HTTPS – Does that mean a website is secure?

Posted: Mar 21, 2019

HTTPS – Does that mean a website is secure?

John M. Haddad

Most web traffic online is now sent over an HTTPS connection, making it “secure.” In fact, Google now warns that unencrypted HTTP sites are “Not Secure.” So why is there still so much malware, phishing, and other dangerous activity online?

Secure sites only mean a secure connection

Chrome used to display the word “Secure” and a green padlock in the address bar when you were visiting a website using HTTPS. Modern versions of Chrome simple have a little gray lock icon here, without the word “Secure.”

That’s partly because HTTPS is now considered the new baseline standard. Everything should be secure by default, so Chrome only warns you that a connection is “Not Secure” when you’re accessing a site over an HTTP connection.

However, the word “Secure” is also gone because it was a little misleading. It sounds like Chrome is vouching for the contents of the site as if everything on this page is “secure.” But that’s not true at all. A “secure” HTTPS site could be filled with malware or be a fake phishing site.

So what does HTTPS do?

HTTPS is great, but it doesn’t just make everything secure. HTTPS stands for Hypertext Transfer Protocol Secure. It’s like the standard HTTP protocol for connecting to websites, but with a layer of secure encryption.

This encryption prevents people from snooping on your data in transit, and it stops man-in-the-middle attacks that can modify the website as it’s sent to you. For example, no one can snoop on payment details you send to the website.

In short, HTTPS ensures the connection between you and that particular website is secure. No one can eavesdrop or tamper with it. That’s it.

Dangers till exist

HTTPS is great, and all websites should use it. However, all it means is you’re using a secure connection with that particular website. The word “Secure” doesn’t say anything about the contents of that website. All it means is the website operator has purchased a certificate and set up encryption to secure the connection.

For example, a dangerous website full of malicious downloads might be delivered via HTTPS. All that means it the website and the files you download are sent over a secure connection, but they might not be secure.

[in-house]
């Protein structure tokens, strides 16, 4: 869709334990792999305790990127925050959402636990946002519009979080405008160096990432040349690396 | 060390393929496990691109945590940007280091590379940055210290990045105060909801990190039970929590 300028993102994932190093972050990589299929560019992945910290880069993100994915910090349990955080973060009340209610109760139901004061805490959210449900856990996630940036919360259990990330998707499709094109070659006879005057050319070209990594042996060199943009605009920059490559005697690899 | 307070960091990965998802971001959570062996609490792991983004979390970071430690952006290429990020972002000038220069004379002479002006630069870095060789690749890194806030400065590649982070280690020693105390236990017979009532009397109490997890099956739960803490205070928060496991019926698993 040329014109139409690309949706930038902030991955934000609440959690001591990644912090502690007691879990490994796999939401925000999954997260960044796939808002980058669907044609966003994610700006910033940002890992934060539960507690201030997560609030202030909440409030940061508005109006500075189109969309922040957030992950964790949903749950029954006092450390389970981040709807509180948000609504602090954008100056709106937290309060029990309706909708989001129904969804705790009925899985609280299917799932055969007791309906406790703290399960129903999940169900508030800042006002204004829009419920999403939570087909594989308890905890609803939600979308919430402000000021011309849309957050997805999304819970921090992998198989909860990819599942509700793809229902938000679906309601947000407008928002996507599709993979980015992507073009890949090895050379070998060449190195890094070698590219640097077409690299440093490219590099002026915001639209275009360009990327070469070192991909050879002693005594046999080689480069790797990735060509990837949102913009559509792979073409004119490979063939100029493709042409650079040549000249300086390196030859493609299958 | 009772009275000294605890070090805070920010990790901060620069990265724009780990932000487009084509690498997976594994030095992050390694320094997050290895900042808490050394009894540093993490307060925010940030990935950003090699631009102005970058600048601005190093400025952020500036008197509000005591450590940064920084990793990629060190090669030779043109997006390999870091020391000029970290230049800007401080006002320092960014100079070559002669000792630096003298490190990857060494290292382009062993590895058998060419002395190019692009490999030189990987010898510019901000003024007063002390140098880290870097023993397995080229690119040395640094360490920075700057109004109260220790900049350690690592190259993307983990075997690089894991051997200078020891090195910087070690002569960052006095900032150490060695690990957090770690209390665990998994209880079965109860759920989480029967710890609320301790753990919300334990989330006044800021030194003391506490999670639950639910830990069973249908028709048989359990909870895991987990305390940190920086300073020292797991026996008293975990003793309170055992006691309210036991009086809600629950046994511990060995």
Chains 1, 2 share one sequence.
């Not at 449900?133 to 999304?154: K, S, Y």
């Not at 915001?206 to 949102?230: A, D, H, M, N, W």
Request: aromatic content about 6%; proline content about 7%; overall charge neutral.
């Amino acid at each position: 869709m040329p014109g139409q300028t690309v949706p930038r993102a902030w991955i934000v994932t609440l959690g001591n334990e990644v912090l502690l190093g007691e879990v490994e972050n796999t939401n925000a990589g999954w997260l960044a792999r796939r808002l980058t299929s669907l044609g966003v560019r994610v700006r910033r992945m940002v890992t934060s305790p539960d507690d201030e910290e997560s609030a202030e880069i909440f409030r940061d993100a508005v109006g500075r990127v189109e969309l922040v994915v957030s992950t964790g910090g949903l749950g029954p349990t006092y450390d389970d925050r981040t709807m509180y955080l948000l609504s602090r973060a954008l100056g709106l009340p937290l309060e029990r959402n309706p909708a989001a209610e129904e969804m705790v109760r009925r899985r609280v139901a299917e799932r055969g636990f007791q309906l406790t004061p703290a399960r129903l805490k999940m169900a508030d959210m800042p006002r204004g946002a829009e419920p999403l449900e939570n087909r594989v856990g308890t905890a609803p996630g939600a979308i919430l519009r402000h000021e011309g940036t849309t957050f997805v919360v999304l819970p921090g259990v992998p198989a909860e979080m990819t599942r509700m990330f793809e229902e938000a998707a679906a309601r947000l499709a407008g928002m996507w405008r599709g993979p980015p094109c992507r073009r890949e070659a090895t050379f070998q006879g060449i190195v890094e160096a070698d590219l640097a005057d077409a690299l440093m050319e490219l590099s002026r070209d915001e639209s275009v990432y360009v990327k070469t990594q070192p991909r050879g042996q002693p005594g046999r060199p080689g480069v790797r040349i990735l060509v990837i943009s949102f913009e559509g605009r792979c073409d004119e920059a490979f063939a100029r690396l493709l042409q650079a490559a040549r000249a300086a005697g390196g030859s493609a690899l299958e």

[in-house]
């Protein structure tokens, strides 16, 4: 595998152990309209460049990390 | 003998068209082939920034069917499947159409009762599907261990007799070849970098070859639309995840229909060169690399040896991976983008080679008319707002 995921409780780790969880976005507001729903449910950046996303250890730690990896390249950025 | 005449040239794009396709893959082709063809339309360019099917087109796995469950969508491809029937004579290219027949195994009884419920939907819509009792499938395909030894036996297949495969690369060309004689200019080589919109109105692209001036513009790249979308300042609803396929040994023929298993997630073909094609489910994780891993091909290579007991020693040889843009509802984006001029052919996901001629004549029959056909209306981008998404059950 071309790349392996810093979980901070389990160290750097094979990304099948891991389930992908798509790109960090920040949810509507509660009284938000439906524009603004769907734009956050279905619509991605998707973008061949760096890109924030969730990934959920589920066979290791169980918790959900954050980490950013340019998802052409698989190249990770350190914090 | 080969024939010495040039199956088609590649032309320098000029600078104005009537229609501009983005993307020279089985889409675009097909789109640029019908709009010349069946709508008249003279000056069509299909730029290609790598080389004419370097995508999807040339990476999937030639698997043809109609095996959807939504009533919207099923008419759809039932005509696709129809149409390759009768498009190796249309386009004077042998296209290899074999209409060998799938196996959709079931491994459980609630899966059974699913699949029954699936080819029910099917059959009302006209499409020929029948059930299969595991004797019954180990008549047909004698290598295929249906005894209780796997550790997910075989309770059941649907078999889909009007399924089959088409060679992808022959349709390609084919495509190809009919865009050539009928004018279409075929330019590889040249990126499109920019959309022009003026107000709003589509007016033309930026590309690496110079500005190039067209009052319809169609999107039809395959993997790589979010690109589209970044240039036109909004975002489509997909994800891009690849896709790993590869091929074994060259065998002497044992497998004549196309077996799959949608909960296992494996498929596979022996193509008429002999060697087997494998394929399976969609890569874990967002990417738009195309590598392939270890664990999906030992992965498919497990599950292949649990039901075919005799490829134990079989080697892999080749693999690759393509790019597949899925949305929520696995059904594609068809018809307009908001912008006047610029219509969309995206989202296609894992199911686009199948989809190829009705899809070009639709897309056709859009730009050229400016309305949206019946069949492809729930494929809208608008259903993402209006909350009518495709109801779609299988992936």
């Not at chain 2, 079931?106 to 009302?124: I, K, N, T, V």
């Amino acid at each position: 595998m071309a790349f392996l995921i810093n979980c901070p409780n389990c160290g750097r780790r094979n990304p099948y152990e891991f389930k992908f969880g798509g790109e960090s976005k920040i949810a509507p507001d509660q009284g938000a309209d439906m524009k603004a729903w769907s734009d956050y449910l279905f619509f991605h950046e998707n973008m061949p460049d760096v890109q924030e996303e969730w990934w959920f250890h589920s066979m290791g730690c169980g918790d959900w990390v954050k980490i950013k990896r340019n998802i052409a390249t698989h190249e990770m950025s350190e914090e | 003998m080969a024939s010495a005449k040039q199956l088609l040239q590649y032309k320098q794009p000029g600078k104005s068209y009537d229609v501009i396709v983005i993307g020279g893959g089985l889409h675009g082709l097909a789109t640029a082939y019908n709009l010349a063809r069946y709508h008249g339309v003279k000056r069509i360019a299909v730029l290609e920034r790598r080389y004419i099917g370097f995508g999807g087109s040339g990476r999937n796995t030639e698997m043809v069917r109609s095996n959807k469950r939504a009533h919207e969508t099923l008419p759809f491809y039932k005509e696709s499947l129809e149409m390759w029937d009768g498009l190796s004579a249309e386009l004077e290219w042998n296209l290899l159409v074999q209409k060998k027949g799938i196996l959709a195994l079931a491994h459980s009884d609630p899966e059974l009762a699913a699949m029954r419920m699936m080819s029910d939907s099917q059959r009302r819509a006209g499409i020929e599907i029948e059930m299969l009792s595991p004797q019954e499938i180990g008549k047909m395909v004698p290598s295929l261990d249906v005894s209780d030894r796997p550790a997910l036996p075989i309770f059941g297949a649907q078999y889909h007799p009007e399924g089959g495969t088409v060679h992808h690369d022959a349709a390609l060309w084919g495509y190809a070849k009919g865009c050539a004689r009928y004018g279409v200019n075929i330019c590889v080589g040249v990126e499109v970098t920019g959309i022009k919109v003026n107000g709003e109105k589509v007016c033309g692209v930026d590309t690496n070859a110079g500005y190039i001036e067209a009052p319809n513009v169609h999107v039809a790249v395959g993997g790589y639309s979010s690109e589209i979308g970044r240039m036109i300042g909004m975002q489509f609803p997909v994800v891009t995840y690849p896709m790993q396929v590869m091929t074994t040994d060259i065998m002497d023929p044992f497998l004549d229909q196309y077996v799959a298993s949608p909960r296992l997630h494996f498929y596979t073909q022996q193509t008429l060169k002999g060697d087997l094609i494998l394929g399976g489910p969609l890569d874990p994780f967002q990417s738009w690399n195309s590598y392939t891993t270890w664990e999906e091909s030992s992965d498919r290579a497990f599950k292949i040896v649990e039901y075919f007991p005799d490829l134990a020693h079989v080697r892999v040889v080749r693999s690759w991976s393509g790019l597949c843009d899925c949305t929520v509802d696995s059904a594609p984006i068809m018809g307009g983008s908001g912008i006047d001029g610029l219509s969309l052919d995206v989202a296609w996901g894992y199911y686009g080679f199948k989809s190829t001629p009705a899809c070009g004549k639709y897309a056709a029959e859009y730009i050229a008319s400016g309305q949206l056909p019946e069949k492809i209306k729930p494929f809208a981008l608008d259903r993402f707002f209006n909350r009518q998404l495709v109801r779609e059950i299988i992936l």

Similarly, a criminal could buy a domain like “,” get an SSL encryption certificate for it and imitate Bank of America’s real website. This would be a phishing site with the “secure” padlock, but all that means is you have a secure connection to that phishing site.


HTTPS is great for the internet. On legitimate sites, doing transactions with HTTPS will ensure your data is encrypted during transmission.

However, HTTPS does not mean the site is a legitimate site and is cannot deliver malware via downloaded files. It doesn’t mean that you can be sure that if you enter a social security number, for example, that that information will not be used by hackers. All it means is that whatever transmitted is secure.

So, don’t fall into a false sense of security with HTTPS sites. Make sure the company and the site is legitimate before doing business over these sites.

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About the author

John M. Haddad
John Haddad is the Principal and Owner of Bisinet Technologies, LLC. He has been in the Information Technology (IT) field for over 40 years. Over his career, he has held positions in all aspects of technology … programming, systems analysis, project management, infrastructure support, systems architecture, IT Management and web development. He continues to work with many small businesses and non-profits in the local area to provide technology consultation, web design and cloud solutions.